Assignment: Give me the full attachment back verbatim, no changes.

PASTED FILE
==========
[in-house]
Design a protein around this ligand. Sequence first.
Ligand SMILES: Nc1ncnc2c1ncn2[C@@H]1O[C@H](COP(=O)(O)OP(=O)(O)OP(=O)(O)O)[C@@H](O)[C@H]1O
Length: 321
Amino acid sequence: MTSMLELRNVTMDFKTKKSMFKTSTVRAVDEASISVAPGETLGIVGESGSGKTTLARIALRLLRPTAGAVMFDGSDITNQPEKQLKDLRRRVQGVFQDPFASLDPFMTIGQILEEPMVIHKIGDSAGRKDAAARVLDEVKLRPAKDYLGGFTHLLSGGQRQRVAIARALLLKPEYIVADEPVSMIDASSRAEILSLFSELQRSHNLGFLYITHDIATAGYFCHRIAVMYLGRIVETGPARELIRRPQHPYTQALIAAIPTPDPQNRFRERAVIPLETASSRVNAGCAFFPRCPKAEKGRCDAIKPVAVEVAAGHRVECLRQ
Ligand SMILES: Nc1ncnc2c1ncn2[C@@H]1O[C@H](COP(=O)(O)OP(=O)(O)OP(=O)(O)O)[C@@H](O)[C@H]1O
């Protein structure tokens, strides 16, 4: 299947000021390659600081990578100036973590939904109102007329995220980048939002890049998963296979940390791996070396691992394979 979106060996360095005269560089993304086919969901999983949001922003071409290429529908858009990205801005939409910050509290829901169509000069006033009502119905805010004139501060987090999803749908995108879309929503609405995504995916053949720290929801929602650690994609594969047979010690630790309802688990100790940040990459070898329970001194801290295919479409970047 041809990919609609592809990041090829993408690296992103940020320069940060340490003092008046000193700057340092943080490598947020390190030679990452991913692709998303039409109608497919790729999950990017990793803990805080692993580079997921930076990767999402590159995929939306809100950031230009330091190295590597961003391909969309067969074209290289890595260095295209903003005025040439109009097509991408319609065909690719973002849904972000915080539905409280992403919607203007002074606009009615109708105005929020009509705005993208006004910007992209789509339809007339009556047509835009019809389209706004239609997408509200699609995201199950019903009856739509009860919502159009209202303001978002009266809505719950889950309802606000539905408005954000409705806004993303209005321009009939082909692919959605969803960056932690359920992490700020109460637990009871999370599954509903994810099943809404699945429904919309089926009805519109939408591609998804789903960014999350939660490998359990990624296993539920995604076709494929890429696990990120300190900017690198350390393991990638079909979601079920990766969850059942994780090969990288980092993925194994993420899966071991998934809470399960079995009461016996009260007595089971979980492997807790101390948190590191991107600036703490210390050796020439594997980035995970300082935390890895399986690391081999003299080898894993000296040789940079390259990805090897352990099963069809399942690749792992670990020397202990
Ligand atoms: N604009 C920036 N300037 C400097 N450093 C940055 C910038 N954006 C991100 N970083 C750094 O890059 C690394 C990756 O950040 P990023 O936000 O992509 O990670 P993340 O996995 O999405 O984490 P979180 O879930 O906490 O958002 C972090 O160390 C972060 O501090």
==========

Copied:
[in-house]
Design a protein around this ligand. Sequence first.
Ligand SMILES: Nc1ncnc2c1ncn2[C@@H]1O[C@H](COP(=O)(O)OP(=O)(O)OP(=O)(O)O)[C@@H](O)[C@H]1O
Length: 321
Amino acid sequence: MTSMLELRNVTMDFKTKKSMFKTSTVRAVDEASISVAPGETLGIVGESGSGKTTLARIALRLLRPTAGAVMFDGSDITNQPEKQLKDLRRRVQGVFQDPFASLDPFMTIGQILEEPMVIHKIGDSAGRKDAAARVLDEVKLRPAKDYLGGFTHLLSGGQRQRVAIARALLLKPEYIVADEPVSMIDASSRAEILSLFSELQRSHNLGFLYITHDIATAGYFCHRIAVMYLGRIVETGPARELIRRPQHPYTQALIAAIPTPDPQNRFRERAVIPLETASSRVNAGCAFFPRCPKAEKGRCDAIKPVAVEVAAGHRVECLRQ
Ligand SMILES: Nc1ncnc2c1ncn2[C@@H]1O[C@H](COP(=O)(O)OP(=O)(O)OP(=O)(O)O)[C@@H](O)[C@H]1O
């Protein structure tokens, strides 16, 4: 299947000021390659600081990578100036973590939904109102007329995220980048939002890049998963296979940390791996070396691992394979 979106060996360095005269560089993304086919969901999983949001922003071409290429529908858009990205801005939409910050509290829901169509000069006033009502119905805010004139501060987090999803749908995108879309929503609405995504995916053949720290929801929602650690994609594969047979010690630790309802688990100790940040990459070898329970001194801290295919479409970047 041809990919609609592809990041090829993408690296992103940020320069940060340490003092008046000193700057340092943080490598947020390190030679990452991913692709998303039409109608497919790729999950990017990793803990805080692993580079997921930076990767999402590159995929939306809100950031230009330091190295590597961003391909969309067969074209290289890595260095295209903003005025040439109009097509991408319609065909690719973002849904972000915080539905409280992403919607203007002074606009009615109708105005929020009509705005993208006004910007992209789509339809007339009556047509835009019809389209706004239609997408509200699609995201199950019903009856739509009860919502159009209202303001978002009266809505719950889950309802606000539905408005954000409705806004993303209005321009009939082909692919959605969803960056932690359920992490700020109460637990009871999370599954509903994810099943809404699945429904919309089926009805519109939408591609998804789903960014999350939660490998359990990624296993539920995604076709494929890429696990990120300190900017690198350390393991990638079909979601079920990766969850059942994780090969990288980092993925194994993420899966071991998934809470399960079995009461016996009260007595089971979980492997807790101390948190590191991107600036703490210390050796020439594997980035995970300082935390890895399986690391081999003299080898894993000296040789940079390259990805090897352990099963069809399942690749792992670990020397202990
Ligand atoms: N604009 C920036 N300037 C400097 N450093 C940055 C910038 N954006 C991100 N970083 C750094 O890059 C690394 C990756 O950040 P990023 O936000 O992509 O990670 P993340 O996995 O999405 O984490 P979180 O879930 O906490 O958002 C972090 O160390 C972060 O501090």